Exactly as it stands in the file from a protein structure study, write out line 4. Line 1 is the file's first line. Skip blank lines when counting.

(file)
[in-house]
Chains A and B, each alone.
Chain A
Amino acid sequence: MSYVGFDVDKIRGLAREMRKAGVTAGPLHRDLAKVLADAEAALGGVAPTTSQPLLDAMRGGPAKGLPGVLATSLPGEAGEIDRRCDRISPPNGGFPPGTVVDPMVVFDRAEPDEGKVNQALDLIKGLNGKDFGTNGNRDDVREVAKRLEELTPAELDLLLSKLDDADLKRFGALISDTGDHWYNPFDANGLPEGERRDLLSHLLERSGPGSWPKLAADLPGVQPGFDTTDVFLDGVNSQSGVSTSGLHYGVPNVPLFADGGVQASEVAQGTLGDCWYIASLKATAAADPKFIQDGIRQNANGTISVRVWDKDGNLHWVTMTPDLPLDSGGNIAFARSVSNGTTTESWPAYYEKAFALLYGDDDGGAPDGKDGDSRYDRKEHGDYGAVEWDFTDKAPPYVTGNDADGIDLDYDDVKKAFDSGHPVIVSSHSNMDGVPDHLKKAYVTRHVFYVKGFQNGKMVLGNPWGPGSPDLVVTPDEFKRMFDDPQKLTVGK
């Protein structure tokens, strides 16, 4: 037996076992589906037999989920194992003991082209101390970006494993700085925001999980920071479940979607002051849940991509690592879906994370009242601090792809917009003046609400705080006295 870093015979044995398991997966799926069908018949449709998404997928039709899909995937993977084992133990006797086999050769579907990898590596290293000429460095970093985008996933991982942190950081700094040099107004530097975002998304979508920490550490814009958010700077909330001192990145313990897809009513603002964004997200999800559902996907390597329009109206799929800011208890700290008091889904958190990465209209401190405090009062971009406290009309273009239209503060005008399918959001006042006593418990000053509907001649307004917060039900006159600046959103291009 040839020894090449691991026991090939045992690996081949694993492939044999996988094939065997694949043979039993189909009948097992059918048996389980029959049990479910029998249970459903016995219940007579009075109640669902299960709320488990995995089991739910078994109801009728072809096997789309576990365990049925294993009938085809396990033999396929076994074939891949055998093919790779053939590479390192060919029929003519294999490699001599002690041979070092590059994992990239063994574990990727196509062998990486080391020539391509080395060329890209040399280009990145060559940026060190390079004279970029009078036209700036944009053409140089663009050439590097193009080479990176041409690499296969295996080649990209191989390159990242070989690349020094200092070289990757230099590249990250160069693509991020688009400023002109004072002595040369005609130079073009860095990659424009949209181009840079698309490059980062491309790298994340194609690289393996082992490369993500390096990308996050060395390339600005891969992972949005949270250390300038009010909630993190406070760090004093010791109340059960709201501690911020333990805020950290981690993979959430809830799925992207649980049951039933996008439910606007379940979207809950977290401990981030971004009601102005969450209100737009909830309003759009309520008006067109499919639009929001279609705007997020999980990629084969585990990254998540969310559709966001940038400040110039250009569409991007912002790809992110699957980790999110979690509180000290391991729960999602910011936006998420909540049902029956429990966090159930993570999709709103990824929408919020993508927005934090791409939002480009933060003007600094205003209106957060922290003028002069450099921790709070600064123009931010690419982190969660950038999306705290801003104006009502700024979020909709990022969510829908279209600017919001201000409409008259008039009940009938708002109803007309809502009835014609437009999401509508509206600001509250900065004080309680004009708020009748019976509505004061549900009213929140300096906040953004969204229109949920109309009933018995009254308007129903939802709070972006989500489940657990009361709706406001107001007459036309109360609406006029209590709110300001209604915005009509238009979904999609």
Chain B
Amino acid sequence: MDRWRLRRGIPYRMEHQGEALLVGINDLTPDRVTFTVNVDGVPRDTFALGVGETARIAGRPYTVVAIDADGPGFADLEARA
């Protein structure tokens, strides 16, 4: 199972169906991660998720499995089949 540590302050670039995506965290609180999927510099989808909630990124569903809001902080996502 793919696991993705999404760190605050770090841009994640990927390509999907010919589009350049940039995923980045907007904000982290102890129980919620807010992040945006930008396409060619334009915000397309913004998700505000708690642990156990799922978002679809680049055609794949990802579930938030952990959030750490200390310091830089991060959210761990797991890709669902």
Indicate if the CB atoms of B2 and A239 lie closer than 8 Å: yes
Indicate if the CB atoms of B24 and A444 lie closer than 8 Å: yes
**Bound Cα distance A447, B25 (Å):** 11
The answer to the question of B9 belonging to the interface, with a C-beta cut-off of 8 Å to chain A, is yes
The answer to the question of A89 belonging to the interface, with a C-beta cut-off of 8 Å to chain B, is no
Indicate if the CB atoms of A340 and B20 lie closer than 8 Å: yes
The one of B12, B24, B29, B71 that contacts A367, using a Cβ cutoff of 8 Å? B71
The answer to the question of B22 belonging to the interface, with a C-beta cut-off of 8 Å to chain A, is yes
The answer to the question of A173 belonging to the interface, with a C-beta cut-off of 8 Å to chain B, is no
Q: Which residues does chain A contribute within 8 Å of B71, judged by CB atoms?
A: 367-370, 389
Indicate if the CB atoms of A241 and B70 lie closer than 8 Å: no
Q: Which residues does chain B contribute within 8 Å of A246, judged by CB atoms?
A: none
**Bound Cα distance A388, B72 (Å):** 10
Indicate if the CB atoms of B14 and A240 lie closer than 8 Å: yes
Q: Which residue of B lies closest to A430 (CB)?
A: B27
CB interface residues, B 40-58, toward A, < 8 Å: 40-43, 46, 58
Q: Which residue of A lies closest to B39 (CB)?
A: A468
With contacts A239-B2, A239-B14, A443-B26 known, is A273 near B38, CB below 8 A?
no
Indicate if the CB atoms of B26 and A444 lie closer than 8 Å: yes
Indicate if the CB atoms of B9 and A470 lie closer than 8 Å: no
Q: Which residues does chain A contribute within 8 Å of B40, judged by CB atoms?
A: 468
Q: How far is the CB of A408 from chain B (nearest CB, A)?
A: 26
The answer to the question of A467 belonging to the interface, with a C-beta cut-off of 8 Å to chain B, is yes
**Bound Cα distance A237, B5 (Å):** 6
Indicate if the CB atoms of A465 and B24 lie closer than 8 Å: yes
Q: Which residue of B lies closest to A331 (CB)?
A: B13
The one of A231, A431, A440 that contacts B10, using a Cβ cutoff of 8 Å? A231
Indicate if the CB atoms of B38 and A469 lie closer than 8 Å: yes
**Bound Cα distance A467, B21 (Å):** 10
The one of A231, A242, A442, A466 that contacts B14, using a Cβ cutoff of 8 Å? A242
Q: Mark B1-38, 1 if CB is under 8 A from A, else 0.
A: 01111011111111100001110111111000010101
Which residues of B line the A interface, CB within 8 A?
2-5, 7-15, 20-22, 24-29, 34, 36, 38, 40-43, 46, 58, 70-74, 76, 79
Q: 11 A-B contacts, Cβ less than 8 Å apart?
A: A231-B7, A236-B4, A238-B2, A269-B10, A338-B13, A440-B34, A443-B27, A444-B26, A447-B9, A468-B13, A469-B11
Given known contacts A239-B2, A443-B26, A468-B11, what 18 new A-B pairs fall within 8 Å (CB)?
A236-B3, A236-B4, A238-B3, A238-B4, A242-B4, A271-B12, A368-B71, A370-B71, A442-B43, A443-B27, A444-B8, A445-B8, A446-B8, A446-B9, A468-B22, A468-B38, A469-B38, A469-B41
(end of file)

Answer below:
Amino acid sequence: MSYVGFDVDKIRGLAREMRKAGVTAGPLHRDLAKVLADAEAALGGVAPTTSQPLLDAMRGGPAKGLPGVLATSLPGEAGEIDRRCDRISPPNGGFPPGTVVDPMVVFDRAEPDEGKVNQALDLIKGLNGKDFGTNGNRDDVREVAKRLEELTPAELDLLLSKLDDADLKRFGALISDTGDHWYNPFDANGLPEGERRDLLSHLLERSGPGSWPKLAADLPGVQPGFDTTDVFLDGVNSQSGVSTSGLHYGVPNVPLFADGGVQASEVAQGTLGDCWYIASLKATAAADPKFIQDGIRQNANGTISVRVWDKDGNLHWVTMTPDLPLDSGGNIAFARSVSNGTTTESWPAYYEKAFALLYGDDDGGAPDGKDGDSRYDRKEHGDYGAVEWDFTDKAPPYVTGNDADGIDLDYDDVKKAFDSGHPVIVSSHSNMDGVPDHLKKAYVTRHVFYVKGFQNGKMVLGNPWGPGSPDLVVTPDEFKRMFDDPQKLTVGK